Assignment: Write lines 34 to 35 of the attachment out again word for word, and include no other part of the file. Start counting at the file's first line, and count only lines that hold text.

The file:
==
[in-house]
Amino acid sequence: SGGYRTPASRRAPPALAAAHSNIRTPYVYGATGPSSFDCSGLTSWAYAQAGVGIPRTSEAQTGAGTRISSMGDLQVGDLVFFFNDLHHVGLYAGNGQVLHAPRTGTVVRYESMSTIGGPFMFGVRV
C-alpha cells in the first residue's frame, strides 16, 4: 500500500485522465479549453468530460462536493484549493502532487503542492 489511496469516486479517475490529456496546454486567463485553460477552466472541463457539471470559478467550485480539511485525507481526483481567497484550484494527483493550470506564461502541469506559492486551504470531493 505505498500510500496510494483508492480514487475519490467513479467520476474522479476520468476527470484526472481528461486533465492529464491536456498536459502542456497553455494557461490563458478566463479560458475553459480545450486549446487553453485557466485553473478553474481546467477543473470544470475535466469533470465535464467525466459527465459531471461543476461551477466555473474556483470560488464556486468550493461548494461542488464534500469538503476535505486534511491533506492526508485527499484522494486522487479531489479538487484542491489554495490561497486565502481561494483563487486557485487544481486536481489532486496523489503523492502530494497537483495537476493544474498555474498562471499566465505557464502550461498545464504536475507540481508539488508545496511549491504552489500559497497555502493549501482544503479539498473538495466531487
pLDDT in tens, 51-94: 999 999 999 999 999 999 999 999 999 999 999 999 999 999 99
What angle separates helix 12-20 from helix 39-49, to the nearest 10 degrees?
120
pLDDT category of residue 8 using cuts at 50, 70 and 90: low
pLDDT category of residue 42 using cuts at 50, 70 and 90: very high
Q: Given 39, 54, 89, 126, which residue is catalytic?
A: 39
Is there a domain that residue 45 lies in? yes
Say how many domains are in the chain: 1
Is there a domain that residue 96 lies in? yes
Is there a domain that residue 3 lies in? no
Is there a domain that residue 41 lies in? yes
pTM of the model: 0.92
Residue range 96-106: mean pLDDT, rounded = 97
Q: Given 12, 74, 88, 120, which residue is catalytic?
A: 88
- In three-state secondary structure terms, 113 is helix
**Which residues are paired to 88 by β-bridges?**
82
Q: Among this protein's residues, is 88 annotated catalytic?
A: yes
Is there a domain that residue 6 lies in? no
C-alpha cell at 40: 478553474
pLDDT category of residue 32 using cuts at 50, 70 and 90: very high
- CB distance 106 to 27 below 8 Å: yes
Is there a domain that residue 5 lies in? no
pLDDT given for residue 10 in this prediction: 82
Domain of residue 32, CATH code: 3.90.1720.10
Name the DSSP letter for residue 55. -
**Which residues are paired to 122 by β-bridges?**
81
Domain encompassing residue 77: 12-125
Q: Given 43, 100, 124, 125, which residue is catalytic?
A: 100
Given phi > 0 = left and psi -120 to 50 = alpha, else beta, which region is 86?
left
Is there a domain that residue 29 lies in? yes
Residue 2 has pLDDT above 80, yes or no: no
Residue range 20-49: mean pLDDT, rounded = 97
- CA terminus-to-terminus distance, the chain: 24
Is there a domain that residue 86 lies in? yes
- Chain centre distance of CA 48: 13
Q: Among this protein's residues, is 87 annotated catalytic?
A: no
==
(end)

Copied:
81
Domain encompassing residue 77: 12-125